In 2002, 8-year-old Wanda Gibbs died after being hit by a car at her bus stop. After her tragic passing, the community came together and launched a fundraising initiative to ensure Wanda’s memory would live on. Their efforts established the Wanda Gibbs Scholarship at the University of South Carolina School of Medicine Columbia, which was awarded for the first time earlier this year.

Carl Wilkens, 2019 Solomon-Tenenbaum lecturer

'The power of presence'

March 21, 2019, Helen Dennis

As violence in Rwanda escalated in the spring of 1994, the United States government ordered all of its citizens to return home, but Carl Wilkens chose to stay. Wilkens will tell his story, among other stories of rebuilding and reconciling, at this year’s Solomon-Tenenbaum lecture. He will present his talk, “Legacies of Genocide: From the Holocaust to Rwanda and Beyond,” at 7 p.m. Sunday (March 24) in the UofSC Alumni Center.

Maxcy monument

UofSC sets new bar in U.S. News graduate school rankings

March 11, 2019, Jeff Stensland

The new U.S. News & World Report’s Best Graduate Schools publication released Tuesday (March 12) shows South Carolina now has 53 unique nationally ranked graduate programs—more than twice as many as any other school in the state.

MLK Weekend at UofSC

The beloved community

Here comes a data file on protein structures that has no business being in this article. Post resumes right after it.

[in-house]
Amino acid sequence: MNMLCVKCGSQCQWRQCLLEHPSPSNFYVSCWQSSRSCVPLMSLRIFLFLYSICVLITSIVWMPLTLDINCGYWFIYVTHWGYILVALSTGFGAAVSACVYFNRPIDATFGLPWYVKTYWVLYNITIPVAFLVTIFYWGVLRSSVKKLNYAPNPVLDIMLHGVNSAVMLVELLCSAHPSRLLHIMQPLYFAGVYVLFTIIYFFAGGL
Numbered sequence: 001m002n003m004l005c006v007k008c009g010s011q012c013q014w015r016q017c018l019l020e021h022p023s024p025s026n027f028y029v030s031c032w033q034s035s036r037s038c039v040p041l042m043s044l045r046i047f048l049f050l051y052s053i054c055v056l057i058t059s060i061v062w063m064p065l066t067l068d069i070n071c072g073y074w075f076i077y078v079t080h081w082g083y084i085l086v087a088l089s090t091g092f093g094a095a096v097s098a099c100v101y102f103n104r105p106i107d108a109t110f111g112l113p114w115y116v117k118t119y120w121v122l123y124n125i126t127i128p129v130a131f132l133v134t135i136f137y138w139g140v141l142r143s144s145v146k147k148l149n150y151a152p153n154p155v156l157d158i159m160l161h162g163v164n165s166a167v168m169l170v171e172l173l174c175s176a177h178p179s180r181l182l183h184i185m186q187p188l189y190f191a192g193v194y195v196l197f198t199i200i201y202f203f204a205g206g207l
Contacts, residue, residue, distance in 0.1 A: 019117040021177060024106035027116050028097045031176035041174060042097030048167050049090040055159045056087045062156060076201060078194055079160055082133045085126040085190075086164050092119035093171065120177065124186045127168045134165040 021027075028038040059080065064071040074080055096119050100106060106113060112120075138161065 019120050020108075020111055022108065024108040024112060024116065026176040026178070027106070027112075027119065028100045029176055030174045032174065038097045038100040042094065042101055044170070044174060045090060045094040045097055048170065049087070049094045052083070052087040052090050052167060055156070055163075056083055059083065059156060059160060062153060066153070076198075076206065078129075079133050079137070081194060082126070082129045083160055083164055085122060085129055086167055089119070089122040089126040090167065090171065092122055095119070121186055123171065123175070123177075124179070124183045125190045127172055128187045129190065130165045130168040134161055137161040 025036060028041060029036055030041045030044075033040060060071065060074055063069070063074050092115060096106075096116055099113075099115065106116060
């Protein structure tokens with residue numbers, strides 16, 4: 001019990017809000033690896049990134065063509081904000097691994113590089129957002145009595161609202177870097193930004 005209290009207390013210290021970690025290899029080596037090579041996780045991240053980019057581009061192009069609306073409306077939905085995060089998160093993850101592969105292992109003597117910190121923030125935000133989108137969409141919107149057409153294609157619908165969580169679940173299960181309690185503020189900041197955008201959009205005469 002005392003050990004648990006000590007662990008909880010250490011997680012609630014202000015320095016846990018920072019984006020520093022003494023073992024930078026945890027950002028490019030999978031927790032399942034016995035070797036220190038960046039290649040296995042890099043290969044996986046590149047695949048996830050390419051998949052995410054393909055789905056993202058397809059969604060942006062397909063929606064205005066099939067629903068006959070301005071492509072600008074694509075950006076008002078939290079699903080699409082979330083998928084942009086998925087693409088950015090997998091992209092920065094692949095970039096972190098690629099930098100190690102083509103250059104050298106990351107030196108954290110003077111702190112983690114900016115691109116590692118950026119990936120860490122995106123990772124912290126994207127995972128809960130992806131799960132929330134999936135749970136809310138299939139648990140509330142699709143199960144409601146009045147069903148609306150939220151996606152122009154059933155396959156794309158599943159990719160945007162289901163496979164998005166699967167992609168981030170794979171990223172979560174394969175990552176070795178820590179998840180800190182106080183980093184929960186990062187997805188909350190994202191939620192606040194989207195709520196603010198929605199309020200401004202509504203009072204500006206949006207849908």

January 17, 2019, Dana Woodward

The University of South Carolina’s MLK Weekend event series culminates Sunday, Jan. 20, with Freedom Rings, an artistic celebration of Martin Luther King Jr.’s life and legacy. The university partnered with the Columbia nonprofit Auntie Karen Foundation to bring together Midlands musicians, artists and spoken word performers to honor the civil rights leader in an event designed to bring the audience to its feet.

Psychology professor Mark Weist

Alliance for change

June 18, 2018, Mary-Kathryn Craft

Psychology professor Mark Weist is leading efforts to improve behavioral health in public schools across the Palmetto State. He and his team recently received a grant from the South Carolina Department of Education to launch the S.C. School Behavioral Health Alliance, an interdisciplinary initiative to prevent and treat emotional and behavioral concerns.

Kristn Heyer

Immigration ethics

October 25, 2017, Mary-Kathryn Craft

Boston College theological ethics professor Kristin Heyer will deliver the 18th annual Cardinal Joseph Bernardin Lecture in Moral, Ethical and Religious Studies. Heyer says today’s immigration dialogue often has been framed in terms of crisis management alone, and she will explore how the scripture and Catholic social tradition can shape the debate.

2017 total solar eclipse: UofSC faculty experts

June 20, 2017, Mary-Kathryn Craft

A total eclipse of the sun will cross the continental United States on Aug. 21 for the first time in almost 100 years. Faculty at the University of South Carolina are available to discuss a variety of aspects of this highly-anticipated event.

Michael Senatore

Michael Senatore bottle flips into TEDx Carnegie Mellon

March 30, 2017, Abigayle Morrison

While some Gamecocks played on the national stage for basketball this weekend for the Final Four in Phoenix and Dallas, freshman political science major Michael Senatore stepped on a stage of a different sort. On Saturday (April 1), Senatore gave a TEDx talk at Carnegie Mellon University on how he made the science of flipping a water bottle a national phenomenon.

Stanley Nelson

Civil rights filmmaker Stanley Nelson to visit UofSC

March 23, 2017, Peggy Binette